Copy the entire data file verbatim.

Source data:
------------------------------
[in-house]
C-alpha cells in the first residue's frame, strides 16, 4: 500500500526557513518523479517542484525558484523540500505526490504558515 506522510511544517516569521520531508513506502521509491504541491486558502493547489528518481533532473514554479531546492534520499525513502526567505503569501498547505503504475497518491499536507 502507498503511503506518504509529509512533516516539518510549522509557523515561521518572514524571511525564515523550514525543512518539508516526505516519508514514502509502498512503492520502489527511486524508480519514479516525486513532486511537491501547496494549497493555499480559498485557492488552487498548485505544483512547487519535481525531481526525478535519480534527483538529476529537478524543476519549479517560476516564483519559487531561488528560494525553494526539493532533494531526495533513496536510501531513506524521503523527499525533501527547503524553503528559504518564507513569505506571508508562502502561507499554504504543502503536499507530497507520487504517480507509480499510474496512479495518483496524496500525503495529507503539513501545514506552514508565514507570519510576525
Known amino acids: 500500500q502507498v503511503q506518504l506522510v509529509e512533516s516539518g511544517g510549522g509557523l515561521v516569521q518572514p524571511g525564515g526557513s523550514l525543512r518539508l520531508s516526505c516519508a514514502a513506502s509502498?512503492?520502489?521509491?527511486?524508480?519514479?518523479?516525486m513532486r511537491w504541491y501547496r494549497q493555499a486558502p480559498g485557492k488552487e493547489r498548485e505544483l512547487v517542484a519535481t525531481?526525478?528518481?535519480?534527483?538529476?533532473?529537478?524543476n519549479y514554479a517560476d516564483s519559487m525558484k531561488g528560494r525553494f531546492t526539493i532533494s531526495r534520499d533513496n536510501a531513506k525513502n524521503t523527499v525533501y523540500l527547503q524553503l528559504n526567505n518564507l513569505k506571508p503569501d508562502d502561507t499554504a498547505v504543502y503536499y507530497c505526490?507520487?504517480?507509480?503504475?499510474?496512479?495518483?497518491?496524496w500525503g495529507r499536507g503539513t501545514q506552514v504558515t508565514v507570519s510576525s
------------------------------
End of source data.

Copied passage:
[in-house]
C-alpha cells in the first residue's frame, strides 16, 4: 500500500526557513518523479517542484525558484523540500505526490504558515 506522510511544517516569521520531508513506502521509491504541491486558502493547489528518481533532473514554479531546492534520499525513502526567505503569501498547505503504475497518491499536507 502507498503511503506518504509529509512533516516539518510549522509557523515561521518572514524571511525564515523550514525543512518539508516526505516519508514514502509502498512503492520502489527511486524508480519514479516525486513532486511537491501547496494549497493555499480559498485557492488552487498548485505544483512547487519535481525531481526525478535519480534527483538529476529537478524543476519549479517560476516564483519559487531561488528560494525553494526539493532533494531526495533513496536510501531513506524521503523527499525533501527547503524553503528559504518564507513569505506571508508562502502561507499554504504543502503536499507530497507520487504517480507509480499510474496512479495518483496524496500525503495529507503539513501545514506552514508565514507570519510576525
Known amino acids: 500500500q502507498v503511503q506518504l506522510v509529509e512533516s516539518g511544517g510549522g509557523l515561521v516569521q518572514p524571511g525564515g526557513s523550514l525543512r518539508l520531508s516526505c516519508a514514502a513506502s509502498?512503492?520502489?521509491?527511486?524508480?519514479?518523479?516525486m513532486r511537491w504541491y501547496r494549497q493555499a486558502p480559498g485557492k488552487e493547489r498548485e505544483l512547487v517542484a519535481t525531481?526525478?528518481?535519480?534527483?538529476?533532473?529537478?524543476n519549479y514554479a517560476d516564483s519559487m525558484k531561488g528560494r525553494f531546492t526539493i532533494s531526495r534520499d533513496n536510501a531513506k525513502n524521503t523527499v525533501y523540500l527547503q524553503l528559504n526567505n518564507l513569505k506571508p503569501d508562502d502561507t499554504a498547505v504543502y503536499y507530497c505526490?507520487?504517480?507509480?503504475?499510474?496512479?495518483?497518491?496524496w500525503g495529507r499536507g503539513t501545514q506552514v504558515t508565514v507570519s510576525s